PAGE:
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The Schmooze

Eighteen Solutions to the Israeli-Palestinian Conflict

How many ways are there to solve the Israeli-Palestinian conflict? Given that none so far have definitively worked, the number doesn’t seem high. But in a new anthology, “United States of Palestine — Israel” (Sternberg Press, 2011) a group of Israeli, Palestinian and European left-wing writers and artists present no less than 18 solutions to the conflict.

On September 17 Joshua Simon, an Israeli writer, curator, filmmaker and editor of the collection, held a talk at the New Museum in New York together along Ohad Meromi, an Israeli writer, and Ingo Niermann, a German artist. Niermann is also the editor of the “Solutions” series for the Sternberg Press, a German publishing house that has tackled the problems of places such as the U.S., Japan, Scotland and Dubai.

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In addition to editing the anthology, Simon also contributed a solution of his own in a chapter co-written with Meromi. At the lecture, Simon and Meromi presented their solution: a return to the kibbutz. They showed images of stylish, modernist posters with quotations like, “Living Together Beyond Property” and “Unlearning the Community and the State.” Meromi and Simon’s idea features the kibbutz as “a place repurposed for the right of return.”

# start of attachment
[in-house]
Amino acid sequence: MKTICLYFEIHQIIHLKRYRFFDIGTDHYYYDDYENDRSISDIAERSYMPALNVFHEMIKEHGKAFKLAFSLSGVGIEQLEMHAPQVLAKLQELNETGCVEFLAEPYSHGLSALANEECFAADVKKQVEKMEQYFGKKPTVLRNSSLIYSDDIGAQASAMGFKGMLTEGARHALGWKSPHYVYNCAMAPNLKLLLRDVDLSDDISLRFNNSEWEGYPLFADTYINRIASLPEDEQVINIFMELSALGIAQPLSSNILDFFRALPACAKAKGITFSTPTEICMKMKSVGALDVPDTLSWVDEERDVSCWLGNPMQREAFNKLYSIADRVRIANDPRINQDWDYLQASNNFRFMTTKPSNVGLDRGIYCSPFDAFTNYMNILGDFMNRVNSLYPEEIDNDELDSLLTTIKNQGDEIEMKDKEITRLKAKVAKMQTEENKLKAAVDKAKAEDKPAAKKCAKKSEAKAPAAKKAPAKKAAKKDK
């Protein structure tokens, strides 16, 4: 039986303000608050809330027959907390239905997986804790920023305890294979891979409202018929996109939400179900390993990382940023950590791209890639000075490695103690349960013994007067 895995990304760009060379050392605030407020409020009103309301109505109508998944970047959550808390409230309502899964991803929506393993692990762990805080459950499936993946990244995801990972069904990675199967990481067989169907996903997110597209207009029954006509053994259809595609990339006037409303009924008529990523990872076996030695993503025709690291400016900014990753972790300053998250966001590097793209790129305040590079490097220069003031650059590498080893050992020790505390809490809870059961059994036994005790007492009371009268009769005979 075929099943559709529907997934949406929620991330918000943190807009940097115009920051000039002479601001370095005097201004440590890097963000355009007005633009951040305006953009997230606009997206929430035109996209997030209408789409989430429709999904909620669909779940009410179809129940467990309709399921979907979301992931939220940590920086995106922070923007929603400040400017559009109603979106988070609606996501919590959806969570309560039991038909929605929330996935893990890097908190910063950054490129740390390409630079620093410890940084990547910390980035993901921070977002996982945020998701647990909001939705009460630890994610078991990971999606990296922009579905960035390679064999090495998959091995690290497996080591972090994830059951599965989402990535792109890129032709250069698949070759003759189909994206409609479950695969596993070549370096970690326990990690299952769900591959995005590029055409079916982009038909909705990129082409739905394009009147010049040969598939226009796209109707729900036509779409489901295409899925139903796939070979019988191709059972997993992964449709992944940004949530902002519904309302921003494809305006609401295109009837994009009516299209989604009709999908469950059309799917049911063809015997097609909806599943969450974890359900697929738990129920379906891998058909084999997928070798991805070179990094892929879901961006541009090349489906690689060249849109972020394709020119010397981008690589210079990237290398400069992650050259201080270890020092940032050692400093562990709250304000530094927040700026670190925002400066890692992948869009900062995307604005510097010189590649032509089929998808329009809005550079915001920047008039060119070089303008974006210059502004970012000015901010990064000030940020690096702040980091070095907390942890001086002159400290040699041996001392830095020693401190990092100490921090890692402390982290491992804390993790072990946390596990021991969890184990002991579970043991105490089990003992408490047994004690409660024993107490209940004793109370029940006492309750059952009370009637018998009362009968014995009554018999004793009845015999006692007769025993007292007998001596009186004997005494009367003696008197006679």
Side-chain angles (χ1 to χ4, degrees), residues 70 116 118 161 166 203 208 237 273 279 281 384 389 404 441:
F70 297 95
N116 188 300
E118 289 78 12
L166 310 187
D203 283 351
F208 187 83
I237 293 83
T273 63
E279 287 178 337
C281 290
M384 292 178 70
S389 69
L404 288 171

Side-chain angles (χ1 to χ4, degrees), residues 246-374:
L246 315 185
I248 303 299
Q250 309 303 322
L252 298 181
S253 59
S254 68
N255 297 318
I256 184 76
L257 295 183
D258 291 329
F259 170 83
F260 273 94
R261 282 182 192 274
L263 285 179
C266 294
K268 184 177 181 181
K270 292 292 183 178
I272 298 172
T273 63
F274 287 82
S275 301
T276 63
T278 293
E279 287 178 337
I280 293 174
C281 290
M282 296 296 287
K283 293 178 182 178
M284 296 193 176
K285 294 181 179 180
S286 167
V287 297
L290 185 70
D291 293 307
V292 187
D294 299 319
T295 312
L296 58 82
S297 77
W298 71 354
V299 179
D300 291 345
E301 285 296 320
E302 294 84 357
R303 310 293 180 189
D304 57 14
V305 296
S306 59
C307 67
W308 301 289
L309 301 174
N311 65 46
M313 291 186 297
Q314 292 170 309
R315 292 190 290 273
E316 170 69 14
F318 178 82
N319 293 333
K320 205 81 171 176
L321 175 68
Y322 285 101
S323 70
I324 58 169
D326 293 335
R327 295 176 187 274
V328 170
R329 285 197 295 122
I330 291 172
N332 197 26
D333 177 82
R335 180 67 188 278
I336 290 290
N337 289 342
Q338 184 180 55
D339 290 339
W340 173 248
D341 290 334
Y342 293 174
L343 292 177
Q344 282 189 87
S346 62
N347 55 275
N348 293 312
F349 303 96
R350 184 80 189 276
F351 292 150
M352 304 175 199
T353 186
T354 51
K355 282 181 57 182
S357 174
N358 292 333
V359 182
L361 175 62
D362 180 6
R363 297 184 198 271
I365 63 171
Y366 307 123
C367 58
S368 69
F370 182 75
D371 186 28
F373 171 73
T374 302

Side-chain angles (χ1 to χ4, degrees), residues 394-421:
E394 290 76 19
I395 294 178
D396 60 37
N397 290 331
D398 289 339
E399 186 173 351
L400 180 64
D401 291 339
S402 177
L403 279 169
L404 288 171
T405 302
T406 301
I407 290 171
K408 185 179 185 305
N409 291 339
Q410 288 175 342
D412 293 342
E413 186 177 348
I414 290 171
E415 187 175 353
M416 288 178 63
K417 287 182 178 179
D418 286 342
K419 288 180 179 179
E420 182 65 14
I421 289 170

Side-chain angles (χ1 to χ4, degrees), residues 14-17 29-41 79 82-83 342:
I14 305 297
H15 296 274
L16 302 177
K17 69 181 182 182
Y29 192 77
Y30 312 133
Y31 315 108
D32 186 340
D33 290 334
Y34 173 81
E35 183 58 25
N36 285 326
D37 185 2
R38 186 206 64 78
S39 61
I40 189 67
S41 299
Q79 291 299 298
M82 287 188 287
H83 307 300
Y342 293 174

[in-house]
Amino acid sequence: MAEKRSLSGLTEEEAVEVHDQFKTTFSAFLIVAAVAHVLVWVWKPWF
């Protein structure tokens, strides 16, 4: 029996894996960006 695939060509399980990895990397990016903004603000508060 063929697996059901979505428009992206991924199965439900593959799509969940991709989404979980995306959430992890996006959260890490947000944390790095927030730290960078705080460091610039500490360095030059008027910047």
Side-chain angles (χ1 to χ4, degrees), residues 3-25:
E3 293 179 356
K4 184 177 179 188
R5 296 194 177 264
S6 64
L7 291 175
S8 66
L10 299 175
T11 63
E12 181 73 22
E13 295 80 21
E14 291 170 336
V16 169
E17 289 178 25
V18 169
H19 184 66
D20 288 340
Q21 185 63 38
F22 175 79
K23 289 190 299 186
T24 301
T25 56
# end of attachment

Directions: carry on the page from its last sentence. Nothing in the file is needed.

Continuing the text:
For the authors, the kibbutzim were structures for the original settlement of the land. But what was once a vehicle for Jews from around the world to settle their biblical homeland has since downsized, privatized, and shifted away from its original purpose. Now, with less interest in the ideals of the kibbutz movement among Jewish Israelis, the “carcasses” (in Meromi’s words) of the kibbutzim are left dormant as gated communities that exclude Palestinians. Meromi, who was born on a kibbutz, has worked with the idea in his art, including in his recent exhibit at Art in General, “Rehearsal Sculpture.”

A solution to the problems between Arabs and Jews coming from Germany is inherently problematic, and Niermann doesn’t make it seem any less so. His idea entails the construction of reservations, much like those for Native Americans in the United States, for everyone from Orthodox Jews to Arab Christians, to Jewish and Palestinian homosexuals.

Another radical solution is by the Israeli artist Yael Bartana, who represented Poland at this year’s Venice Biennale. She imagines a situation in which Jews “return” to Poland. “Like many decades ago,” she writes in her chapter, “we wish to once again settle in a land where no one is expecting us.”

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